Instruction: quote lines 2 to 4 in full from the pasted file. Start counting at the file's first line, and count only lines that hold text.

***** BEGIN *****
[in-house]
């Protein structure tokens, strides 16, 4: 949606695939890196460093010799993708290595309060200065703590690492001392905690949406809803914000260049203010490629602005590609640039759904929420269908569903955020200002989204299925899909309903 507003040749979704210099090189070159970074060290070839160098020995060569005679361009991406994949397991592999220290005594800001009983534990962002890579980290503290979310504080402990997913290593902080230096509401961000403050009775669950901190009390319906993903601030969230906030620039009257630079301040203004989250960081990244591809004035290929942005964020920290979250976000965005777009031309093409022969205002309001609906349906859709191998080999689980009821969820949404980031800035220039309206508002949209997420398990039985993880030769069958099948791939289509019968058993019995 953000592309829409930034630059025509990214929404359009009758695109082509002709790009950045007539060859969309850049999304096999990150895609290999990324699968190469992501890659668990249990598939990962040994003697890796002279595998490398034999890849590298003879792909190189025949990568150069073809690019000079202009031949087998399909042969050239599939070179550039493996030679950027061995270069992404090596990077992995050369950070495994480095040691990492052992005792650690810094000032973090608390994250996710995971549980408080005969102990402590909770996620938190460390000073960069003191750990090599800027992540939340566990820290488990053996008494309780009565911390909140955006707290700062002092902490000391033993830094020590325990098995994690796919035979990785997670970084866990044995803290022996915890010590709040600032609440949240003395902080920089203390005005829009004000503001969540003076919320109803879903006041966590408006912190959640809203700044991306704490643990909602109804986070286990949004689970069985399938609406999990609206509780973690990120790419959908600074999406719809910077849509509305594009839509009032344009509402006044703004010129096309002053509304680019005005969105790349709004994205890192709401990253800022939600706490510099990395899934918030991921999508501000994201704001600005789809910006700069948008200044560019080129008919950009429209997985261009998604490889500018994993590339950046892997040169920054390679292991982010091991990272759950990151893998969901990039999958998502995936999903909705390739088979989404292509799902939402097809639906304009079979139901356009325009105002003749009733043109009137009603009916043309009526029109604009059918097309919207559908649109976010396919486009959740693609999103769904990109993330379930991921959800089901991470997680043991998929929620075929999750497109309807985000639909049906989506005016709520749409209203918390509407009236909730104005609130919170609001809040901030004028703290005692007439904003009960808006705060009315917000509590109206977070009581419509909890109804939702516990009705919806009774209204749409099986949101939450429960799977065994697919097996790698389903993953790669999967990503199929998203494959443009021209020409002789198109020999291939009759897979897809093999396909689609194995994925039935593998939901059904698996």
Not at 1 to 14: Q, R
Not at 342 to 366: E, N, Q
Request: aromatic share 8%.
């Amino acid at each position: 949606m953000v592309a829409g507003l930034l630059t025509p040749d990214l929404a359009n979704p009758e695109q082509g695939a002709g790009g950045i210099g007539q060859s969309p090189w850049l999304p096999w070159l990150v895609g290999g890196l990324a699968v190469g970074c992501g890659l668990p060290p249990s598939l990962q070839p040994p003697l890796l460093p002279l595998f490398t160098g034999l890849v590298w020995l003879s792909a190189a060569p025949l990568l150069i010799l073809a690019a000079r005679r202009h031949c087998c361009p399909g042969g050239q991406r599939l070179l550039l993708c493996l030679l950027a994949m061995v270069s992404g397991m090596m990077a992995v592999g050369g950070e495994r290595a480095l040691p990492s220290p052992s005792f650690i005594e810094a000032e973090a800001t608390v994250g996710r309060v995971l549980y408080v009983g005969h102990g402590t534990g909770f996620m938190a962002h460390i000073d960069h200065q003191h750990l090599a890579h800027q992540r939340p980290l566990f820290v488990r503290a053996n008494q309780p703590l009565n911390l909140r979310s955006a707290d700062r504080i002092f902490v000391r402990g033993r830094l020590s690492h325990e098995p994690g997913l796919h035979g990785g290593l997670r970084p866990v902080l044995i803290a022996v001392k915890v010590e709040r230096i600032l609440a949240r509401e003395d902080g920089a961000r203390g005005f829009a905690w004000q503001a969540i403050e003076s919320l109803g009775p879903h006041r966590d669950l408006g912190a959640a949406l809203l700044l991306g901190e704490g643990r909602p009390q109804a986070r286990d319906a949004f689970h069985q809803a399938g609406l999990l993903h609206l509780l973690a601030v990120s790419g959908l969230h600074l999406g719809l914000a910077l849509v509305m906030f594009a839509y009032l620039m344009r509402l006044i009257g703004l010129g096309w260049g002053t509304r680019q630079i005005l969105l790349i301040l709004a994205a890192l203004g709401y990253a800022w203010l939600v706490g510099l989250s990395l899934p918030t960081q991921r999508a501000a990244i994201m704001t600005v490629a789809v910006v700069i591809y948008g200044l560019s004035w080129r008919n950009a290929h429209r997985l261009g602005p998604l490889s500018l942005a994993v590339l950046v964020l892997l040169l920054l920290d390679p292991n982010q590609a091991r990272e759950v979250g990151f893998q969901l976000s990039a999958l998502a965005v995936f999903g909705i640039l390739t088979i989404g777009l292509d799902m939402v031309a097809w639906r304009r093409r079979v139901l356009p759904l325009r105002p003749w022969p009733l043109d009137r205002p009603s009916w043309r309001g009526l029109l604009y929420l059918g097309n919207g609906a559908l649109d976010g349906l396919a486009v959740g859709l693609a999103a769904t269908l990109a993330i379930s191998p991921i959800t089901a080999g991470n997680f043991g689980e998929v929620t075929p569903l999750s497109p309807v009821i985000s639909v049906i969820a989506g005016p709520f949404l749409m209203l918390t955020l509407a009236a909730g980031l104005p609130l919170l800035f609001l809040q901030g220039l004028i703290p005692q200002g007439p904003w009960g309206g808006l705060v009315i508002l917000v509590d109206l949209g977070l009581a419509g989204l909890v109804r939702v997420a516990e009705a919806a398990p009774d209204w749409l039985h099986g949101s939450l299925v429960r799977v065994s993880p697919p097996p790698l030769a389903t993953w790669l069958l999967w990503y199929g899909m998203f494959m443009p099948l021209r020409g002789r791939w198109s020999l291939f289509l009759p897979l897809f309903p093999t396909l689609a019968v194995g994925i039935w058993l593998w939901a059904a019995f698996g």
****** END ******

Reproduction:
């Protein structure tokens, strides 16, 4: 949606695939890196460093010799993708290595309060200065703590690492001392905690949406809803914000260049203010490629602005590609640039759904929420269908569903955020200002989204299925899909309903 507003040749979704210099090189070159970074060290070839160098020995060569005679361009991406994949397991592999220290005594800001009983534990962002890579980290503290979310504080402990997913290593902080230096509401961000403050009775669950901190009390319906993903601030969230906030620039009257630079301040203004989250960081990244591809004035290929942005964020920290979250976000965005777009031309093409022969205002309001609906349906859709191998080999689980009821969820949404980031800035220039309206508002949209997420398990039985993880030769069958099948791939289509019968058993019995 953000592309829409930034630059025509990214929404359009009758695109082509002709790009950045007539060859969309850049999304096999990150895609290999990324699968190469992501890659668990249990598939990962040994003697890796002279595998490398034999890849590298003879792909190189025949990568150069073809690019000079202009031949087998399909042969050239599939070179550039493996030679950027061995270069992404090596990077992995050369950070495994480095040691990492052992005792650690810094000032973090608390994250996710995971549980408080005969102990402590909770996620938190460390000073960069003191750990090599800027992540939340566990820290488990053996008494309780009565911390909140955006707290700062002092902490000391033993830094020590325990098995994690796919035979990785997670970084866990044995803290022996915890010590709040600032609440949240003395902080920089203390005005829009004000503001969540003076919320109803879903006041966590408006912190959640809203700044991306704490643990909602109804986070286990949004689970069985399938609406999990609206509780973690990120790419959908600074999406719809910077849509509305594009839509009032344009509402006044703004010129096309002053509304680019005005969105790349709004994205890192709401990253800022939600706490510099990395899934918030991921999508501000994201704001600005789809910006700069948008200044560019080129008919950009429209997985261009998604490889500018994993590339950046892997040169920054390679292991982010091991990272759950990151893998969901990039999958998502995936999903909705390739088979989404292509799902939402097809639906304009079979139901356009325009105002003749009733043109009137009603009916043309009526029109604009059918097309919207559908649109976010396919486009959740693609999103769904990109993330379930991921959800089901991470997680043991998929929620075929999750497109309807985000639909049906989506005016709520749409209203918390509407009236909730104005609130919170609001809040901030004028703290005692007439904003009960808006705060009315917000509590109206977070009581419509909890109804939702516990009705919806009774209204749409099986949101939450429960799977065994697919097996790698389903993953790669999967990503199929998203494959443009021209020409002789198109020999291939009759897979897809093999396909689609194995994925039935593998939901059904698996």
Not at 1 to 14: Q, R
Not at 342 to 366: E, N, Q